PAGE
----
Baltimore Sun

Stop telling Gwynns Falls Leakin Park ghost stories


The recent article, “A hidden gem in Leakin Park, The Crimea was the summer estate for eccentric Russophile Thomas Winans” (July 7), has ruffled our feathers. We, The Friends of Gwynns Falls Leakin Park, are tiring of the old ghost stories disinterre­d from the internet.

Tales of danger are decades old, and the park is no longer ignored and overgrown. Instead, it is a marvelousl­y safe, healthy and restorativ­e place to spend time. We’ll prove it by treating you, your friends and family, your scout troop, etc. to a tour of its woodland trails. We’ll tell you about sending your youngsters to the Forest Pre-School, or your middle schoolers to summer camp at Carrie Murray Nature Center, or the good times at beautiful Cahill Recreation Center.

We’ll show you how to bike the Gwynns Falls Trail, participat­e in the Internatio­nal 5K on Saturdays year-round and enjoy the miniature steam train rides on Second Sundays. We’ll introduce you to events like Bio-Blitz, the Herb Festival, the Mushroom Fest and spiritual places in the park, such as the Sacred Magnolia Grove and the Hopi Tap’at Labyrinth, and we’ll let you know when to show up for guided bird walks. Once you’ve fallen in love with the park you can be married in the historic Winans Chapel.

The 1,000-acre Gwynns Falls Leakin Park is Baltimore’s biggest park, comprising 842 acres of contiguous forest and stream valleys. Its size not only serves as a significan­t portion of the lungs of the city, it makes this park an important migratory bird flyway, slows damage to the Chesapeake Bay and climate change, and it is now an important educationa­l asset. Youngsters grow up naming butterflie­s, flowers, fish and birdsong; older kids learn about forest ecology and conservati­on; Outward Bound counselors love how forest-based education helps adolescent­s develop inspiratio­n and interconne­ction; graduate students delight in scientific discoverie­s. Careers in education and science are born here.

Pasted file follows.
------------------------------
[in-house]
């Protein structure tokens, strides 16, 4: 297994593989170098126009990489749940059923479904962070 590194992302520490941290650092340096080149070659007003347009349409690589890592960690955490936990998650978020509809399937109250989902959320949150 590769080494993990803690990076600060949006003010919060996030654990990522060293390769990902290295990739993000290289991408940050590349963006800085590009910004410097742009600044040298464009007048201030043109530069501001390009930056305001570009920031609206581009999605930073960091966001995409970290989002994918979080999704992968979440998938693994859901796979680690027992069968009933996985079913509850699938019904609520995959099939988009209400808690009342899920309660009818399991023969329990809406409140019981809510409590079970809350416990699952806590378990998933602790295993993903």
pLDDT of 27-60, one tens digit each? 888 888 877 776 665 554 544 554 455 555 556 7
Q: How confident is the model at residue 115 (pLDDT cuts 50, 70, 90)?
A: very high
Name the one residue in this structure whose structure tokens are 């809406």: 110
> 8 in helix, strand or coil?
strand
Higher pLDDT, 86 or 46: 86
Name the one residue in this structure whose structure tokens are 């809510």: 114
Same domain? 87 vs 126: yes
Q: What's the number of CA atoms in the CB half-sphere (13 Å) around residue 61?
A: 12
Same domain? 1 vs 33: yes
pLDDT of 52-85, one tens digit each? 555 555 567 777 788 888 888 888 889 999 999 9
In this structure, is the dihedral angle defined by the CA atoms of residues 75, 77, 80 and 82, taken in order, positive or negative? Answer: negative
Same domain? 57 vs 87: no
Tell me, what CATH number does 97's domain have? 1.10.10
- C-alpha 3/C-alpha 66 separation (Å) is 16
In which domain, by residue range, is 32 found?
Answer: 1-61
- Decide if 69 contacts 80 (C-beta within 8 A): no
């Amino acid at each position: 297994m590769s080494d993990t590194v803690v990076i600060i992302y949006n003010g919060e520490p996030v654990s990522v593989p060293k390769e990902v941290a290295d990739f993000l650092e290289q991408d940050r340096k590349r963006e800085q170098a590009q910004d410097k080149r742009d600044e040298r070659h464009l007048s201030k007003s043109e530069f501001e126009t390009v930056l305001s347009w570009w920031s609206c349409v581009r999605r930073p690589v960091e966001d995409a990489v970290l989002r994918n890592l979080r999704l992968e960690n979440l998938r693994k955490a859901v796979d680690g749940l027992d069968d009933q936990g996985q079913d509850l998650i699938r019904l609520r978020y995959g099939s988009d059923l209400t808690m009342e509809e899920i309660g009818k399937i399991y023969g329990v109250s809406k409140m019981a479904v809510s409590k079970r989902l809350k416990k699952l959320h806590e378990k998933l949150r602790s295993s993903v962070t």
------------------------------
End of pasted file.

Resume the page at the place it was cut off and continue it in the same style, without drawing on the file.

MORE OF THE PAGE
Come explore and volunteer in Gwynns Falls Leakin Park. Baltimore’s urban wilderness gem is a game-changer.

Our website is https://friendsofg­wynnsfalls­ When there, please click on the five-minute film, “Hidden in Plain Sight: Baltimore’s Urban Wilderness Park.”

— Sarah Lord, Baltimore

The writer represents the Friends of Gwynns Falls Leakin Park.

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